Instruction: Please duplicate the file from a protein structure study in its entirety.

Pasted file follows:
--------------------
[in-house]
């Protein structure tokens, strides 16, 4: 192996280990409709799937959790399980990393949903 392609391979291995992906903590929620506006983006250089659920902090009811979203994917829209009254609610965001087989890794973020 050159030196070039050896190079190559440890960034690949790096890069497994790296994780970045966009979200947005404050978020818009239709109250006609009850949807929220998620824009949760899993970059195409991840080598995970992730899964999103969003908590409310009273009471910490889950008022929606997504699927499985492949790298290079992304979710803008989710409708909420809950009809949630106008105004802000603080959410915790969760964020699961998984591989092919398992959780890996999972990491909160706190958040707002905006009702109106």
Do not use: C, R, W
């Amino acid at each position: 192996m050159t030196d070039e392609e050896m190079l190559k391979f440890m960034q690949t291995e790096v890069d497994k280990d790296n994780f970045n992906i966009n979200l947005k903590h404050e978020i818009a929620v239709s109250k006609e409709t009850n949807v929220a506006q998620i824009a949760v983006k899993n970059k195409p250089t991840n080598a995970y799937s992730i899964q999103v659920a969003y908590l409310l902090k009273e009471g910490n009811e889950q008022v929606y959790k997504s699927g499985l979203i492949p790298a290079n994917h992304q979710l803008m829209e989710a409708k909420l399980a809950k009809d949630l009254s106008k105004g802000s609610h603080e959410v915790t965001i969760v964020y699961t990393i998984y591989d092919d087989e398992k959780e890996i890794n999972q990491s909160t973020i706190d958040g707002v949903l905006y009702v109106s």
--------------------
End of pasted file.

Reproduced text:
[in-house]
């Protein structure tokens, strides 16, 4: 192996280990409709799937959790399980990393949903 392609391979291995992906903590929620506006983006250089659920902090009811979203994917829209009254609610965001087989890794973020 050159030196070039050896190079190559440890960034690949790096890069497994790296994780970045966009979200947005404050978020818009239709109250006609009850949807929220998620824009949760899993970059195409991840080598995970992730899964999103969003908590409310009273009471910490889950008022929606997504699927499985492949790298290079992304979710803008989710409708909420809950009809949630106008105004802000603080959410915790969760964020699961998984591989092919398992959780890996999972990491909160706190958040707002905006009702109106």
Do not use: C, R, W
């Amino acid at each position: 192996m050159t030196d070039e392609e050896m190079l190559k391979f440890m960034q690949t291995e790096v890069d497994k280990d790296n994780f970045n992906i966009n979200l947005k903590h404050e978020i818009a929620v239709s109250k006609e409709t009850n949807v929220a506006q998620i824009a949760v983006k899993n970059k195409p250089t991840n080598a995970y799937s992730i899964q999103v659920a969003y908590l409310l902090k009273e009471g910490n009811e889950q008022v929606y959790k997504s699927g499985l979203i492949p790298a290079n994917h992304q979710l803008m829209e989710a409708k909420l399980a809950k009809d949630l009254s106008k105004g802000s609610h603080e959410v915790t965001i969760v964020y699961t990393i998984y591989d092919d087989e398992k959780e890996i890794n999972q990491s909160t973020i706190d958040g707002v949903l905006y009702v109106s």